Fire and Rescue Experts Warn: Stay Off the Ice
Don't be tempted to skate, fish or walk on frozen ponds or coves. Ice in the Baltimore region is too unstable and unsafe, fire and rescue experts say.
"The only safe place to skate is at an ice rink," says Fire Chief John J. Hohman. "Even relatively thick ice on natural bodies of water is often unstable. You risk disaster when you venture out on it."
Ice on Maryland waterways rarely freezes evenly and solidly for a variety of reasons, including temperature fluctuations beneath the surface and the presence of contaminants in the water, which can prevent freezing.
Without special equipment, human beings who fall into water with sub-freezing temperatures will survive only about 15 minutes, county water rescue experts say.
Wear a life jacket, if you must be on a boat on the water.
Do not venture onto the ice to rescue a pet.
If you are with someone who falls through the ice, do not go on the ice to help him! Instead:
- Call 911 as soon as possible.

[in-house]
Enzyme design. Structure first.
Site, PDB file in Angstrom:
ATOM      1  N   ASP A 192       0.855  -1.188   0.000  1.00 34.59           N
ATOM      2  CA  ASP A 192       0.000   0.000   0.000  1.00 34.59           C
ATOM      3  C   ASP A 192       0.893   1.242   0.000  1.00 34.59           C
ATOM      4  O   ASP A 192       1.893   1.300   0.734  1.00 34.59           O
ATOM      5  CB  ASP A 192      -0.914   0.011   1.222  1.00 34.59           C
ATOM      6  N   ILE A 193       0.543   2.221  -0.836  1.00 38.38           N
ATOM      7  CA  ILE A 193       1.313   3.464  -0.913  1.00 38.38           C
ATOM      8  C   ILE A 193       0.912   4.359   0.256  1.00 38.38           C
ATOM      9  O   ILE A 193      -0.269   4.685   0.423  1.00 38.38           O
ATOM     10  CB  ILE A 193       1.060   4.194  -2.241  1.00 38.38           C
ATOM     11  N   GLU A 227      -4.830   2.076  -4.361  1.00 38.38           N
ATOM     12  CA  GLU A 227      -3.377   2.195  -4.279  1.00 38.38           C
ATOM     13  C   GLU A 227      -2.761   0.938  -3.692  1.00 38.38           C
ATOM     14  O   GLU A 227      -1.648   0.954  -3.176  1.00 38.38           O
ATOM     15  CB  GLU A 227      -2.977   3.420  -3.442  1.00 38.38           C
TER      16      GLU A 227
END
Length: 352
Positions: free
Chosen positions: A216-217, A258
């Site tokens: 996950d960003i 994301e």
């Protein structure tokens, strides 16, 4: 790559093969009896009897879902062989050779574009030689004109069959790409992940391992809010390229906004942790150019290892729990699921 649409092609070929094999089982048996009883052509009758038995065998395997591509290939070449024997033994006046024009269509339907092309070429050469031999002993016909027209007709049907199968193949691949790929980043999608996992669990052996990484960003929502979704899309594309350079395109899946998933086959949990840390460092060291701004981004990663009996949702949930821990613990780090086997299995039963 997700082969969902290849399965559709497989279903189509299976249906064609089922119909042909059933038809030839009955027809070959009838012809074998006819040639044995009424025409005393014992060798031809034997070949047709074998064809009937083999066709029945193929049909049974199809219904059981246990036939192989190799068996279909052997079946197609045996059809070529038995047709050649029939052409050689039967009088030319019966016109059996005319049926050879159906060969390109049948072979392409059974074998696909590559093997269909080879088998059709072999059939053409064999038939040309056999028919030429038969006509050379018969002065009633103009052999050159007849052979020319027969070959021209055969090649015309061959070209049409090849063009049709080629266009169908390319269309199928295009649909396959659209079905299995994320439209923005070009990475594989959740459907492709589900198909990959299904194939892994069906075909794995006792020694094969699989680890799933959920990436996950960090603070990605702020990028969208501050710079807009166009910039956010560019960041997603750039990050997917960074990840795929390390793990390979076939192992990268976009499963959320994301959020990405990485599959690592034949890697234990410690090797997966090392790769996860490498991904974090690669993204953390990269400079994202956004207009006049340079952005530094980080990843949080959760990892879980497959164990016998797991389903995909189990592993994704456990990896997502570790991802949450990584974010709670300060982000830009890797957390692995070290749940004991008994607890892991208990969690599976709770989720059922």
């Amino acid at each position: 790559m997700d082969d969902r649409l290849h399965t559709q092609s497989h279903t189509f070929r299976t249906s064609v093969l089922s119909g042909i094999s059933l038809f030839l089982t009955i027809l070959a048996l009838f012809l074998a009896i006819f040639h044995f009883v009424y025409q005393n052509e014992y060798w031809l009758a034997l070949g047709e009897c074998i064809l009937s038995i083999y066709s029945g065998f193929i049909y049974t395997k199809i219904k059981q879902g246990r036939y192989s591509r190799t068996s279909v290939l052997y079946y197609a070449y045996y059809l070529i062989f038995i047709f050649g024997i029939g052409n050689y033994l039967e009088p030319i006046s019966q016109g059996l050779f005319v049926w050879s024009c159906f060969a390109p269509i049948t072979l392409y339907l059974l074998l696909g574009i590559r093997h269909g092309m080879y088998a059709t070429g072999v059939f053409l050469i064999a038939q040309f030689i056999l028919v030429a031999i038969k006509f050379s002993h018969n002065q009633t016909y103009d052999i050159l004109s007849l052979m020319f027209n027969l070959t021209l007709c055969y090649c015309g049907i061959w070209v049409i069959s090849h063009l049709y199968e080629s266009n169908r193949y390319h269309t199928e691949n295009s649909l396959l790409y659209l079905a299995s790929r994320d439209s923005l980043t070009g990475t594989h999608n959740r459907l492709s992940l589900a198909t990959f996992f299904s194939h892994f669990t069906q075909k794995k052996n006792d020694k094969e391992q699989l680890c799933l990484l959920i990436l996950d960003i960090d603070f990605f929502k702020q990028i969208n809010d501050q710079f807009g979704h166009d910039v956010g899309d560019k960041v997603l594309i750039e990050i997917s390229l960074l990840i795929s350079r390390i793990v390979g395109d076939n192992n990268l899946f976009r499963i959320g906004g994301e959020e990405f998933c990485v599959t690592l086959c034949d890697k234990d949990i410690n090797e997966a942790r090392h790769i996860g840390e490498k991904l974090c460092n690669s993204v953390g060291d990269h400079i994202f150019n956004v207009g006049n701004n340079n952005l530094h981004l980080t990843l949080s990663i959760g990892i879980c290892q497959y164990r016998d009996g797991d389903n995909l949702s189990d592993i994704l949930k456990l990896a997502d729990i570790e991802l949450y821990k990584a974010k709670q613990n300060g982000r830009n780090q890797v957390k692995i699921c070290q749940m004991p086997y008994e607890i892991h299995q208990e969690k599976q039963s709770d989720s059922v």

- Mark the spot with a hat or a piece of clothing, so that if the victim becomes submerged rescuers have a point of reference. Time is of the essence with this sort of rescue.
- Then, reach, throw and row. If the victim is near enough to shore to reach a ladder, tree branch or pole, extend one of these toward him as quickly as possible and pull him to safety. Throw him a rope or a flotation device, if possible. Row toward him, if the water is clear and you have access to a boat. Again, do not leave the shore and venture into the water or onto the ice unless you have special water rescue training.
- If the victim can crawl out of the water and onto the ice, have him roll away from the crack and crawl on his belly to shore. Staying low distributes the body's weight on the ice and helps reduce the risk of the ice cracking.
Revised April 25, 2014